September 16, 2021
When Amy Lied and her husband, Steve, found out they were expecting their first child, they were thrilled. The road to becoming parents had been anything but easy for the Lancaster County, PA couple, who’d struggled with infertility for years prior.
“We did everything you could do before getting to in vitro,” said Lied, a Bodily Injury Claims Representative at Donegal Insurance Group®. “People who haven’t been through it don’t understand how isolating it can be.”
After finally having success with treatments, Lied miscarried the baby nine weeks into her first pregnancy. Then, a glimmer of hope in 2016: Lied was pregnant again with her son, Asher. It was a normal, healthy pregnancy. Until one day, at 32 weeks pregnant, Lied woke up to find Asher not moving.
Asher Lied was stillborn on February 19, 2017. As they prepared to leave the hospital, Lied was given a teddy bear by her nurses, meant to provide a source of comfort as she left the hospital without her son.
“They don’t want you to leave empty-handed,” she recalled. “So there I am, being wheeled out and holding this teddy bear.”
Lied and her husband are not alone. One in eight families struggle with infertility. One in four experience pregnancy loss. And, one in 160 have a stillbirth. “I think any loss parent, their biggest fear is that their child is going to be forgotten,” Lied said. “I’m very outspoken about Asher. He’ll always be my first born child and always a member of our family.”
Donegal is proud to honor Lied, our 2021 Jefferson Award recipient, for her efforts in helping others experiencing similar loss.
“Amy is an inspiration and advocate for those struggling with infertility and loss,” wrote colleague Michele Christensen, a Donegal Claims Service Manager, in her nomination of Lied. “She has turned her heartbreaking experience into a voice of hope and comfort for those experiencing losses of their own.”
‘Good is being done in Asher’s name’
Since losing Asher, the Lieds have devoted themselves to providing support for fellow families struggling with infertility, pregnancy loss and stillbirths. They’ve personally donated almost 200 weighted teddy bears, called Comfort Cubs, to their local hospital. It’s money that Lied said would’ve been spent on raising Asher anyway.
“I was very compelled to make my son’s short life mean something, and help others in the same situation,” she said.
Though the Lucky Anchor Project– founded by Lied and her “Bereaved Bestie” that she met in a support group- an online community of support has emerged, taking grief and channeling it into something for the greater good.
Honoring both Asher and Lied’s friend’s son, Ezra, the Lucky Anchor’s Etsy shop offers custom, personalized items for families experiencing loss, including cuff bracelets, ornaments, mugs and more. All proceeds are used to supply books for bereaved parents at their local hospital or donated to infant loss nonprofits in Central Pennsylvania and throughout the country.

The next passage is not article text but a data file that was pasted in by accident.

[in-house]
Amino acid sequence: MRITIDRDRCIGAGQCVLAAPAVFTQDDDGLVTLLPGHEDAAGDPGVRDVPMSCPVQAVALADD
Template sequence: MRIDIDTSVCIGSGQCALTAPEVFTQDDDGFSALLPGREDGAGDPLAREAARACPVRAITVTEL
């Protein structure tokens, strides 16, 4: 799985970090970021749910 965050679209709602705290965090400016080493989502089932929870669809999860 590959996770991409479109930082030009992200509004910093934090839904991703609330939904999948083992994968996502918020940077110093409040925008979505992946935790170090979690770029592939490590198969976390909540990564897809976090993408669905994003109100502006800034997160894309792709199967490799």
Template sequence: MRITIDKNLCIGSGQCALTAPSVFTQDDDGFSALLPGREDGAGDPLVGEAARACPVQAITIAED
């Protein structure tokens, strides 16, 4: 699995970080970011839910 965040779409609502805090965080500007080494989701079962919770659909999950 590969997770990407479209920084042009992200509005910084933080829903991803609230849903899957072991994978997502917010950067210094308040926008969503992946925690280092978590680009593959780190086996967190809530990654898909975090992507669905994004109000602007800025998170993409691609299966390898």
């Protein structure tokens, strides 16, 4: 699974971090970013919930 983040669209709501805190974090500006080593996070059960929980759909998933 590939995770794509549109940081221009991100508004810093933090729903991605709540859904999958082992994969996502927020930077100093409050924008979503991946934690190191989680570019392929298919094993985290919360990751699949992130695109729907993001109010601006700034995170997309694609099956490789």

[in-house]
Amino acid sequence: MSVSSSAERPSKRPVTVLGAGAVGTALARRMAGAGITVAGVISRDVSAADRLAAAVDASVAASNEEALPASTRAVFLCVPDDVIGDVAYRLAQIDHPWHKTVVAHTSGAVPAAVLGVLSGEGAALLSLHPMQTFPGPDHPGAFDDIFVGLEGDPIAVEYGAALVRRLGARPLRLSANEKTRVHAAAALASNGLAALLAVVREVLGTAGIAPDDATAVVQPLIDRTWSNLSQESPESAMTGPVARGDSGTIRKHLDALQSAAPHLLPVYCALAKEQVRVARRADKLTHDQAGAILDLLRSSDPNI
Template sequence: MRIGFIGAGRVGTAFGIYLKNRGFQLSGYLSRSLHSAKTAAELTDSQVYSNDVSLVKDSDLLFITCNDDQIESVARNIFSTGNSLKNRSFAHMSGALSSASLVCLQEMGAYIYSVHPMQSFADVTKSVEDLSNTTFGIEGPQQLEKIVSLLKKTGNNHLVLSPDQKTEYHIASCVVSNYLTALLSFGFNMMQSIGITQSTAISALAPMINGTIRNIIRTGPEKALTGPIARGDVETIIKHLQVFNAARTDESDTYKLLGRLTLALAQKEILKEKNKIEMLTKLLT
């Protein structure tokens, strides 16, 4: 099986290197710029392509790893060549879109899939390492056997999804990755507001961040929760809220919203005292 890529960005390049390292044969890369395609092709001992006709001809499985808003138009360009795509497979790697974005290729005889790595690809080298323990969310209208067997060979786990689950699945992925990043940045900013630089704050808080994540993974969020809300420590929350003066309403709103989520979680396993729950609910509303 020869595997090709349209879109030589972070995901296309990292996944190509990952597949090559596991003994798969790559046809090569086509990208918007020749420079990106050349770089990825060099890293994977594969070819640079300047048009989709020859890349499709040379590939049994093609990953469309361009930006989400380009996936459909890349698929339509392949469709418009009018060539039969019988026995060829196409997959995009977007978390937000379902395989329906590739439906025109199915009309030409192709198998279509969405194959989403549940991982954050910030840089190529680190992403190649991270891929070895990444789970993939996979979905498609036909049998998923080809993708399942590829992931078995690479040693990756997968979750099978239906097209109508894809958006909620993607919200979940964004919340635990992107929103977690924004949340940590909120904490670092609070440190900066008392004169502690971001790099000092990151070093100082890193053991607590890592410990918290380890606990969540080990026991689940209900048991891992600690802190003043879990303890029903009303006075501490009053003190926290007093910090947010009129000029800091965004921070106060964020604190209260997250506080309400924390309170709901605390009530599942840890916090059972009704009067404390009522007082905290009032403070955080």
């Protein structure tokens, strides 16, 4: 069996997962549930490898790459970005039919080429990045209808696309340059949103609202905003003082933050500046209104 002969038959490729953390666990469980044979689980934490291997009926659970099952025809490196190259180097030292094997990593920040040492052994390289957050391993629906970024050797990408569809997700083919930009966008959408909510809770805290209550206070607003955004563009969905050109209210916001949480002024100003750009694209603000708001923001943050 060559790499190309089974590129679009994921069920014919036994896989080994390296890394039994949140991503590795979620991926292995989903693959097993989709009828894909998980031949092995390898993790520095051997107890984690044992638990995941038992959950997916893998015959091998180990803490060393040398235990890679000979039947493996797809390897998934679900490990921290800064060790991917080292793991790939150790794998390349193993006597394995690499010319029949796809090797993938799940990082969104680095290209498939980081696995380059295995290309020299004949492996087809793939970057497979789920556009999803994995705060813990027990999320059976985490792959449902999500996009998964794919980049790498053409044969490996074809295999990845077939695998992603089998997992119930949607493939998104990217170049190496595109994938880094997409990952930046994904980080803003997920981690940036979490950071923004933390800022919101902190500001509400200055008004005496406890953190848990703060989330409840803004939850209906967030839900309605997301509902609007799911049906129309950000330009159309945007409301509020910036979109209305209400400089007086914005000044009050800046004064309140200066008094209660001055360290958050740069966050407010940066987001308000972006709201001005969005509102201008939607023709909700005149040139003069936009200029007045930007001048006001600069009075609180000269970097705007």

Through virtual support groups, organized by the Lucky Anchor Project, Lied regularly connects with mothers from around the world.
“We even have a mom in Amsterdam!” she said of Lucky Anchor’s support group. “We talk openly about the ramifications of our losses. It’s not just a finite thing- it infiltrates your entire life. It’s been nice to flip the narrative and not make my son’s life sad, but make it attached to joy.”
“Good is being done in Asher’s name,” she added.
Losing a child at any age, if you haven’t been through it, is not easy to understand, Lied said. “My Grandmother had a stillborn in the 1950s, and it was something that wasn’t discussed.”
And while the narrative is finally beginning to change, Lied pointed out, infertility, miscarriage and infant loss are still very much taboo subjects.
‘The weight is still there’
Today, Lied and her husband are the parents of twin 3-year-old girls. Through the Covid-19 pandemic, she’s adopted a new routine to unwind from the day each night. Late at night after the girls have gone to bed, Lied crochets while catching up on TV.
“I can make an octopus in two nights,” she said. “Instead of snacking, I crochet. It keeps my hands busy.” Her crocheted items are donated to a NICU nonprofit, and available for sponsorship in Lucky Anchor’s Etsy shop.
Lied recalled a recent conversation with her father about Asher.
The Lied Family- Amy, Steve and daughters Harper Ray and Scarlett Asher- are using the loss of their son, Asher Ray, to provide support for others experiencing loss.
“So often, our children are tied to loss and sadness because of how their life ended,” she said. “But for us, they’re tied to happiness. It’s wonderful to be able to honor other people’s children and help others who share this pain.”
In the wake of Asher’s death, one quote has stuck with her and proven true.
“The grief doesn’t ever go away. You just get better at handling it,” Lied said. “Your muscles get stronger and able to handle the weight better. But the weight is still there.”
She offered a simple but meaningful piece of advice to those who have never experienced such a loss.
“Never be afraid to bring up someone’s child,” Lied said. “Say you’re thinking of them. It goes a long way.” …
About The Jefferson Awards
Donegal Insurance Group is proud to join Multiplying Good in honoring individuals making meaningful contributions to our community, and to sponsor FOX43’s Jefferson Awards, which puts the spotlight on the unsung heroes in our everyday lives.
To recognize appreciation for each winner, Donegal will make a donation to the non-profit of their choice.